I've been reading a textbook on QFT, and learned that we can calculate the probability amplitude that a system in state $|i\rangle$ will "collapse" into state $|f\rangle$ after some amount of time $t$, by calculating each term in the Dyson Series and adding them all together. My problem with this interpretation is that when calculating the Dyson Series for 2 incoming pions with momentum $k_1$ and $k_2$ and leaving with momentum $k_3$ and $k_4$, the first term is infinity if $k_1$ = $k_3$ and $k_2$ = $k_4$. My understanding of this infinity is that we get it from working with momentum eigenstates which cannot describe real systems. By constructing "wave-packets" of these states, this divergence goes away. That's all fine and dandy, but for the next term we have $-i\lambda V$ in the dyson series, where $\lambda$ is the coupling strength and $V$ is the volume that the particle may exist in when measured. What's a bit confusing to me is that this term will depend on the coupling constant and the volume, and both can be large or small. So how can we ensure that the squared amplitude will be less than or equal to one if the coupling constant and volume can be any number?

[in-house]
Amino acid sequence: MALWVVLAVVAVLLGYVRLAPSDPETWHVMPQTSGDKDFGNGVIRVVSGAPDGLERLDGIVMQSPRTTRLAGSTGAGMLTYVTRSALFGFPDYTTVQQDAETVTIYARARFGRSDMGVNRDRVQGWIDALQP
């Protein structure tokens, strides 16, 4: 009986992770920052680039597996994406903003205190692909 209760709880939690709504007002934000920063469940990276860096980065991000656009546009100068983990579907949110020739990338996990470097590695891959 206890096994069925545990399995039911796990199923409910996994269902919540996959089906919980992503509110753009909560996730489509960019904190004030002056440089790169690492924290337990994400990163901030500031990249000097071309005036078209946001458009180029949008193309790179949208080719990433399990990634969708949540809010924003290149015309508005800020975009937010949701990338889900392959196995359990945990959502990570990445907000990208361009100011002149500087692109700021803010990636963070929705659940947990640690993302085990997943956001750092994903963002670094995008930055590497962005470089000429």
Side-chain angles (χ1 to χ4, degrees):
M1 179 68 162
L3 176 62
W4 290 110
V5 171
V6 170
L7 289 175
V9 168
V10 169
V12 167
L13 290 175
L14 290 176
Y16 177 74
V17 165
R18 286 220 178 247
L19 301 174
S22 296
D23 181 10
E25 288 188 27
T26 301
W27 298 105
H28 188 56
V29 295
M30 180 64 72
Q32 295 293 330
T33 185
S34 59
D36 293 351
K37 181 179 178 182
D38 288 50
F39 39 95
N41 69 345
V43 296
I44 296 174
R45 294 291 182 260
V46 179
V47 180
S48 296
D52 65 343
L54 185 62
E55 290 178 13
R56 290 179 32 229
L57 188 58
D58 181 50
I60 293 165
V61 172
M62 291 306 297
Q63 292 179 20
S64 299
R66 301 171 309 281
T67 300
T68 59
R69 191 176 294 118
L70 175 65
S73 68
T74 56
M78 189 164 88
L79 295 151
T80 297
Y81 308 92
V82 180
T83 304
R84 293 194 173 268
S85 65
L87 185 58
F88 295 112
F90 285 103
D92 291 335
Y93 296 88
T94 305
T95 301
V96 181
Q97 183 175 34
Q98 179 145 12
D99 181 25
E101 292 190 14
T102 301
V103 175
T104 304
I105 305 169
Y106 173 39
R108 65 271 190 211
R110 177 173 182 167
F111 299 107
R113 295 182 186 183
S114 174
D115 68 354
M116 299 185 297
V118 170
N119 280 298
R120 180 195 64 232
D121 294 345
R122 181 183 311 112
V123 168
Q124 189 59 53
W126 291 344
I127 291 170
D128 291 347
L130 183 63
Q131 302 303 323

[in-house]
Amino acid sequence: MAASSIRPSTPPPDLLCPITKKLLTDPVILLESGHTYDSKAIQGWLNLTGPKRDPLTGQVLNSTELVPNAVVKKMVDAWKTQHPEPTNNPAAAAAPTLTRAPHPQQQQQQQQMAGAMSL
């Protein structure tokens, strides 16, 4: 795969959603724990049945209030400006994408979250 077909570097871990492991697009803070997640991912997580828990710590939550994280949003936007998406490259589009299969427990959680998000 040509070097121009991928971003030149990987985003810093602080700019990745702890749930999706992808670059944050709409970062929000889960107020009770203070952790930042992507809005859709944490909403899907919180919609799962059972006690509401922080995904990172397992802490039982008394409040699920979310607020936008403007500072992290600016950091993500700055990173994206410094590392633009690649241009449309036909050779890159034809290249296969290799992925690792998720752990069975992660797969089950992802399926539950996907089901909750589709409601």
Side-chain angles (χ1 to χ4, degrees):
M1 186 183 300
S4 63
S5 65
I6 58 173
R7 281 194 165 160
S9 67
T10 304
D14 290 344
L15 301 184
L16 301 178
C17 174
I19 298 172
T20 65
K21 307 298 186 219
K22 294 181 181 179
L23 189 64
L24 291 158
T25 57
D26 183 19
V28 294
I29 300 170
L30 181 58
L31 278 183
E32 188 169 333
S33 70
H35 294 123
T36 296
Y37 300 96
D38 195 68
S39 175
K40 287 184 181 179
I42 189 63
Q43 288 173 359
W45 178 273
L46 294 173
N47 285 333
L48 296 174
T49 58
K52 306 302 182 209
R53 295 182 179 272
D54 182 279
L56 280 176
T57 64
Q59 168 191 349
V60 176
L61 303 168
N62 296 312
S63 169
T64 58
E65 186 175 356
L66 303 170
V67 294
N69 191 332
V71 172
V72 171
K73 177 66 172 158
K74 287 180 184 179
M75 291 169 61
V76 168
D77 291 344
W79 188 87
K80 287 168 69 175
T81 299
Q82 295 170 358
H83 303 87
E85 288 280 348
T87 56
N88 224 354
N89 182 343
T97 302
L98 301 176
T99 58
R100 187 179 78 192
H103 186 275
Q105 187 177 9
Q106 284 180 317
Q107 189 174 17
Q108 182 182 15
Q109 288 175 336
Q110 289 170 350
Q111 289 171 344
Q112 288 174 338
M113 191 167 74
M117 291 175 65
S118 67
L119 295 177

(Pions are defined here as particles associated with the scalar field)